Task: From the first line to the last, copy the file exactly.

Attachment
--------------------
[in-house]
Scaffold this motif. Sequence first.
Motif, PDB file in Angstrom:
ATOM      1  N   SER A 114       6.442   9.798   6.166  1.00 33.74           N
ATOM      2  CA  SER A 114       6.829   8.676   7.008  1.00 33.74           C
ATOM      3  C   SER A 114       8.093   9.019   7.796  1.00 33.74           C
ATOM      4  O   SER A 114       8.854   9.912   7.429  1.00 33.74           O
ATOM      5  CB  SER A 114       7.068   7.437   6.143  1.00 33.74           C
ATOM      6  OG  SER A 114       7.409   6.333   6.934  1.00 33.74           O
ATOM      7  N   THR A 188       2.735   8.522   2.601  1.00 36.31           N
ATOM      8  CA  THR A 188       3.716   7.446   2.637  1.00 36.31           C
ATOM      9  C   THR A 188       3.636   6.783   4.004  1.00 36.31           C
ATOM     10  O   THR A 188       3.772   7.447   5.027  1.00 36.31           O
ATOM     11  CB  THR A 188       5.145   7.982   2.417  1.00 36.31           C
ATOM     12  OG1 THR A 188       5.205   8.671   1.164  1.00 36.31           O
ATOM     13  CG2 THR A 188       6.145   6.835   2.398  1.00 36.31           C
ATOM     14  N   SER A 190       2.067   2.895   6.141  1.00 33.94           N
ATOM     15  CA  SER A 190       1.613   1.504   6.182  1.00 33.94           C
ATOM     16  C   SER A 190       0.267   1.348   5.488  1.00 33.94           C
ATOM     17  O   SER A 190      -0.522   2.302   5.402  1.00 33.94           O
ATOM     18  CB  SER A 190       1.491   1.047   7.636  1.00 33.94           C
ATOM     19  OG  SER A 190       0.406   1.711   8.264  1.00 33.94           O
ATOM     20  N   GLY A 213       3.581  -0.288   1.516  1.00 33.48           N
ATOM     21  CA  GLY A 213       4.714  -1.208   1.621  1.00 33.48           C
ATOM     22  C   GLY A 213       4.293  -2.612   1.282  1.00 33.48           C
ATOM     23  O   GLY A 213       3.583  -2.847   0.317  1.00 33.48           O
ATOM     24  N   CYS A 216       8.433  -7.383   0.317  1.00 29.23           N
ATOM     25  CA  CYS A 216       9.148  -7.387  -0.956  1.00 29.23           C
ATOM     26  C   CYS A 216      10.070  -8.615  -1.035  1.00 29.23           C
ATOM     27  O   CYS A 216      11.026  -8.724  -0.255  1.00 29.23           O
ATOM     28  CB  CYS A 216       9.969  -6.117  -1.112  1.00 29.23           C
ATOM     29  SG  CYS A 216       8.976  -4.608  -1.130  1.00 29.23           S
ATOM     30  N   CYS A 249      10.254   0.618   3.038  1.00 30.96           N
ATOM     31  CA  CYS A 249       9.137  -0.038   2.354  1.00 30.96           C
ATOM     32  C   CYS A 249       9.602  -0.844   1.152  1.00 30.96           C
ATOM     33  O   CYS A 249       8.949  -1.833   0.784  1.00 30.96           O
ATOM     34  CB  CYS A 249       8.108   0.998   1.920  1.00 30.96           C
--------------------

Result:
[in-house]
Scaffold this motif. Sequence first.
Motif, PDB file in Angstrom:
ATOM      1  N   SER A 114       6.442   9.798   6.166  1.00 33.74           N
ATOM      2  CA  SER A 114       6.829   8.676   7.008  1.00 33.74           C
ATOM      3  C   SER A 114       8.093   9.019   7.796  1.00 33.74           C
ATOM      4  O   SER A 114       8.854   9.912   7.429  1.00 33.74           O
ATOM      5  CB  SER A 114       7.068   7.437   6.143  1.00 33.74           C
ATOM      6  OG  SER A 114       7.409   6.333   6.934  1.00 33.74           O
ATOM      7  N   THR A 188       2.735   8.522   2.601  1.00 36.31           N
ATOM      8  CA  THR A 188       3.716   7.446   2.637  1.00 36.31           C
ATOM      9  C   THR A 188       3.636   6.783   4.004  1.00 36.31           C
ATOM     10  O   THR A 188       3.772   7.447   5.027  1.00 36.31           O
ATOM     11  CB  THR A 188       5.145   7.982   2.417  1.00 36.31           C
ATOM     12  OG1 THR A 188       5.205   8.671   1.164  1.00 36.31           O
ATOM     13  CG2 THR A 188       6.145   6.835   2.398  1.00 36.31           C
ATOM     14  N   SER A 190       2.067   2.895   6.141  1.00 33.94           N
ATOM     15  CA  SER A 190       1.613   1.504   6.182  1.00 33.94           C
ATOM     16  C   SER A 190       0.267   1.348   5.488  1.00 33.94           C
ATOM     17  O   SER A 190      -0.522   2.302   5.402  1.00 33.94           O
ATOM     18  CB  SER A 190       1.491   1.047   7.636  1.00 33.94           C
ATOM     19  OG  SER A 190       0.406   1.711   8.264  1.00 33.94           O
ATOM     20  N   GLY A 213       3.581  -0.288   1.516  1.00 33.48           N
ATOM     21  CA  GLY A 213       4.714  -1.208   1.621  1.00 33.48           C
ATOM     22  C   GLY A 213       4.293  -2.612   1.282  1.00 33.48           C
ATOM     23  O   GLY A 213       3.583  -2.847   0.317  1.00 33.48           O
ATOM     24  N   CYS A 216       8.433  -7.383   0.317  1.00 29.23           N
ATOM     25  CA  CYS A 216       9.148  -7.387  -0.956  1.00 29.23           C
ATOM     26  C   CYS A 216      10.070  -8.615  -1.035  1.00 29.23           C
ATOM     27  O   CYS A 216      11.026  -8.724  -0.255  1.00 29.23           O
ATOM     28  CB  CYS A 216       9.969  -6.117  -1.112  1.00 29.23           C
ATOM     29  SG  CYS A 216       8.976  -4.608  -1.130  1.00 29.23           S
ATOM     30  N   CYS A 249      10.254   0.618   3.038  1.00 30.96           N
ATOM     31  CA  CYS A 249       9.137  -0.038   2.354  1.00 30.96           C
ATOM     32  C   CYS A 249       9.602  -0.844   1.152  1.00 30.96           C
ATOM     33  O   CYS A 249       8.949  -1.833   0.784  1.00 30.96           O
ATOM     34  CB  CYS A 249       8.108   0.998   1.920  1.00 30.96           C